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After ENIAC:
Important Milestones and Fascinating Innovations During the Last Fifty Years of Computing Research at the University of Pennsylvania

This exhibit was researched and written by Nicholas G. Heavens, University Archives Summer Research Fellow, 2000-2002. He is an undergraduate at the University of Chicago and has been a University Archives Summer Research Fellow for the last three years. Much of this exhibit is based on his research of the history of computing at Penn in the summer of 2000.



Not many universities can claim to have seen the genesis of a technological revolution. The University of Pennsylvania was indeed fortunate to have been the site where the world's first large-scale general purpose digital computer, the Electronic Numerical Integrator And Computer (ENIAC), was built. Yet the history of the granddaddy of all modern computers has overshadowed much of the research and innovation that has occurred at Penn since the construction of ENIAC. Many brilliant researchers still walk through the halls of the Moore Building, whose dark basement once held the vast immensity of vacuum tubes and wires that was ENIAC. Indeed, innovative computer researchers walk through all of the Schools of the University of Pennsylvania.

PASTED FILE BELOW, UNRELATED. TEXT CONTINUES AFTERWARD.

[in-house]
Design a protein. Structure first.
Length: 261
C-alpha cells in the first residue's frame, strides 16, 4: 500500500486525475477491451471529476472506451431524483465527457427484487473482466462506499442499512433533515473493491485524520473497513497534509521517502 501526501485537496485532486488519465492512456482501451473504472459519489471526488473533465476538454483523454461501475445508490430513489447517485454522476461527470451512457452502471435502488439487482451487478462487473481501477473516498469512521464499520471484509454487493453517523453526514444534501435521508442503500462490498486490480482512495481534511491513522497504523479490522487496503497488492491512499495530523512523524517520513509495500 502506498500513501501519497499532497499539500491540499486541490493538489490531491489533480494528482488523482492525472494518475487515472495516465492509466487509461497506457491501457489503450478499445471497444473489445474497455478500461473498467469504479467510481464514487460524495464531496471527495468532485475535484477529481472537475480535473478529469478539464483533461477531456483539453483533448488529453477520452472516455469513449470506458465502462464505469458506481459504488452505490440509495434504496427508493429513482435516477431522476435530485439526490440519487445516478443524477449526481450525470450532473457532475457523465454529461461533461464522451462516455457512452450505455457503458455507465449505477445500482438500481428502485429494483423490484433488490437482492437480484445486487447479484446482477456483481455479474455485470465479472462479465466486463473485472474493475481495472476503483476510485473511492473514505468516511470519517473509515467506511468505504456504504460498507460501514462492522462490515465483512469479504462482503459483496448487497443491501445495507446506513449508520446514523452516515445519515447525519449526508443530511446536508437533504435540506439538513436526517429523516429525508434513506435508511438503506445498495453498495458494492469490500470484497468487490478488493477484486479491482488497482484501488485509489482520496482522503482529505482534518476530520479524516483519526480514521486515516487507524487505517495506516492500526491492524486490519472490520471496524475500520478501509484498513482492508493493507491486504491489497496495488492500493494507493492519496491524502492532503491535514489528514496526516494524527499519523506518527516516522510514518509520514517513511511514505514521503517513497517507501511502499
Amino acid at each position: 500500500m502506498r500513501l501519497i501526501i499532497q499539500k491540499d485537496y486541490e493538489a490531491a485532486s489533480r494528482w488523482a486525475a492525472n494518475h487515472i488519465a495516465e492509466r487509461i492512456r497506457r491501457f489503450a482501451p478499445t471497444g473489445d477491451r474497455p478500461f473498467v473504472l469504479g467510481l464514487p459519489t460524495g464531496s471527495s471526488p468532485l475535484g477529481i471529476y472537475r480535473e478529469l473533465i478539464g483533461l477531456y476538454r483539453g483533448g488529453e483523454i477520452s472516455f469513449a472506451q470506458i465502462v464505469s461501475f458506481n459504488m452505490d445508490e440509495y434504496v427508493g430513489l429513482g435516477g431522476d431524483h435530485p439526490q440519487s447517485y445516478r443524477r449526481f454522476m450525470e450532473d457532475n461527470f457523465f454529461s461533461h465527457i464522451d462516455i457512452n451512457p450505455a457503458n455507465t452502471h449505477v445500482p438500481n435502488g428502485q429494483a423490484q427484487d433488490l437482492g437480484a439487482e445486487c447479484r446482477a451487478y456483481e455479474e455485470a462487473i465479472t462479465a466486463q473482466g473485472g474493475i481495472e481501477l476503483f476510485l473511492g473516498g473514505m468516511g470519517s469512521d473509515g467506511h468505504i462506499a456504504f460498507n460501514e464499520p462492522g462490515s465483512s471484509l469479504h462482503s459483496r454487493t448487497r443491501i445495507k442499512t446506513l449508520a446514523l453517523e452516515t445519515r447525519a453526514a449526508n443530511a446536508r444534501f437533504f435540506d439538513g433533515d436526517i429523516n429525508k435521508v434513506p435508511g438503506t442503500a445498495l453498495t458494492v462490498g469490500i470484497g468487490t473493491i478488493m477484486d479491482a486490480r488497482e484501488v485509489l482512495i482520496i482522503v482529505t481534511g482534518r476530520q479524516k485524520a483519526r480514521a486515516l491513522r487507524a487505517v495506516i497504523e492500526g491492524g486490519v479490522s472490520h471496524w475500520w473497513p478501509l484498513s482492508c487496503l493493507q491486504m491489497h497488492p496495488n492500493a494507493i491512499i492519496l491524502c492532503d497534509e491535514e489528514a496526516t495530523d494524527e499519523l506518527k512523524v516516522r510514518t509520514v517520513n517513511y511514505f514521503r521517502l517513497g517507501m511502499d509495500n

While moving through this exhibit, take a look at some of the people, places, and ideas that have shaped the University's use of all kinds of computer hardware and software.

Photo of John G. Brainerd

1. John G. Brainerd

Photo of Saul Gorn in front of the University's UNIVAC I computer, located in the University Computer Center

2. Saul Gorn and the University Computer Center (UCC)

Bennett Hall, photographed around 1956. Zellig Harris's office was on the third floor.

3. World's First Spelling and Grammar Checker

Grace Murray Hopper (second from left) and other unidentified individuals at a donation check presentation from Remington-Rand Univac to the University of Pennsylvania, 13 July 1962.

4. Birth of COBOL

Photograph: Dr. William Shainline Middleton poses in combat dress during the First World War.

5. "Medicine before Automation"

Photograph: An unidentified Hospital of the University of Pennsylvania physician examines output from the PDP-12

6. Breathing into the PDP-12

Photograph of Aravind K. Joshi, 1983

7. Aravind K. Joshi

Photo of Norman Badler programming Bubbleman in 1978

8. Bubbleman

Photograph of University Museum

9. Different Projects, Same Computer Language/
Similar Projects, Different Computer Language

Photograph of David J. Farber

10. Aurora Testbed Initiative

IRSC logo

11. IRCS Improves Sorting of Search Engine Results